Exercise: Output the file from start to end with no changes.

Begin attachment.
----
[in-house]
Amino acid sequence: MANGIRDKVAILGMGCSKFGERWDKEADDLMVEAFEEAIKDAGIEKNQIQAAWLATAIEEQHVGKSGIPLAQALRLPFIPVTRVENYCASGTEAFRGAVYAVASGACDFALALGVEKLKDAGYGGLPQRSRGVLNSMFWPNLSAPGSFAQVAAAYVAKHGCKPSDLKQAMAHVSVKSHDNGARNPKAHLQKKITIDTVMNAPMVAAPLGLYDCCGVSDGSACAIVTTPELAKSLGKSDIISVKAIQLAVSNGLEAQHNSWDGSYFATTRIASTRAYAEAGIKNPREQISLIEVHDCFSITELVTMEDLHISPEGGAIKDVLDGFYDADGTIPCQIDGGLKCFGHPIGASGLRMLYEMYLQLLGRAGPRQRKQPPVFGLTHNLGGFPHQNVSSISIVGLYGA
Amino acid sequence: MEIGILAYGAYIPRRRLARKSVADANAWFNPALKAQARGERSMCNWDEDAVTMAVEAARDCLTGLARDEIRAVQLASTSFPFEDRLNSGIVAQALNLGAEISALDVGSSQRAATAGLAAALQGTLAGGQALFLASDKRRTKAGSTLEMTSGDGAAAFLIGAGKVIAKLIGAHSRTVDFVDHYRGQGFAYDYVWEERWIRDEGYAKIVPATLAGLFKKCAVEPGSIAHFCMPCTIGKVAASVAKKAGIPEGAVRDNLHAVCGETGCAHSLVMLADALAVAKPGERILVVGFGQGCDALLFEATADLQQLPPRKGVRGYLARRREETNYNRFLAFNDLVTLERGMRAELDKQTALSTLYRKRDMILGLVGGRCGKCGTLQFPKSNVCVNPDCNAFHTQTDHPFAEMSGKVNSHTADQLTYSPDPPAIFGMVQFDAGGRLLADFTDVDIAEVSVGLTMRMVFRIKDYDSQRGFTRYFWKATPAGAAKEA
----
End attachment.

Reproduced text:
[in-house]
Amino acid sequence: MANGIRDKVAILGMGCSKFGERWDKEADDLMVEAFEEAIKDAGIEKNQIQAAWLATAIEEQHVGKSGIPLAQALRLPFIPVTRVENYCASGTEAFRGAVYAVASGACDFALALGVEKLKDAGYGGLPQRSRGVLNSMFWPNLSAPGSFAQVAAAYVAKHGCKPSDLKQAMAHVSVKSHDNGARNPKAHLQKKITIDTVMNAPMVAAPLGLYDCCGVSDGSACAIVTTPELAKSLGKSDIISVKAIQLAVSNGLEAQHNSWDGSYFATTRIASTRAYAEAGIKNPREQISLIEVHDCFSITELVTMEDLHISPEGGAIKDVLDGFYDADGTIPCQIDGGLKCFGHPIGASGLRMLYEMYLQLLGRAGPRQRKQPPVFGLTHNLGGFPHQNVSSISIVGLYGA
Amino acid sequence: MEIGILAYGAYIPRRRLARKSVADANAWFNPALKAQARGERSMCNWDEDAVTMAVEAARDCLTGLARDEIRAVQLASTSFPFEDRLNSGIVAQALNLGAEISALDVGSSQRAATAGLAAALQGTLAGGQALFLASDKRRTKAGSTLEMTSGDGAAAFLIGAGKVIAKLIGAHSRTVDFVDHYRGQGFAYDYVWEERWIRDEGYAKIVPATLAGLFKKCAVEPGSIAHFCMPCTIGKVAASVAKKAGIPEGAVRDNLHAVCGETGCAHSLVMLADALAVAKPGERILVVGFGQGCDALLFEATADLQQLPPRKGVRGYLARRREETNYNRFLAFNDLVTLERGMRAELDKQTALSTLYRKRDMILGLVGGRCGKCGTLQFPKSNVCVNPDCNAFHTQTDHPFAEMSGKVNSHTADQLTYSPDPPAIFGMVQFDAGGRLLADFTDVDIAEVSVGLTMRMVFRIKDYDSQRGFTRYFWKATPAGAAKEA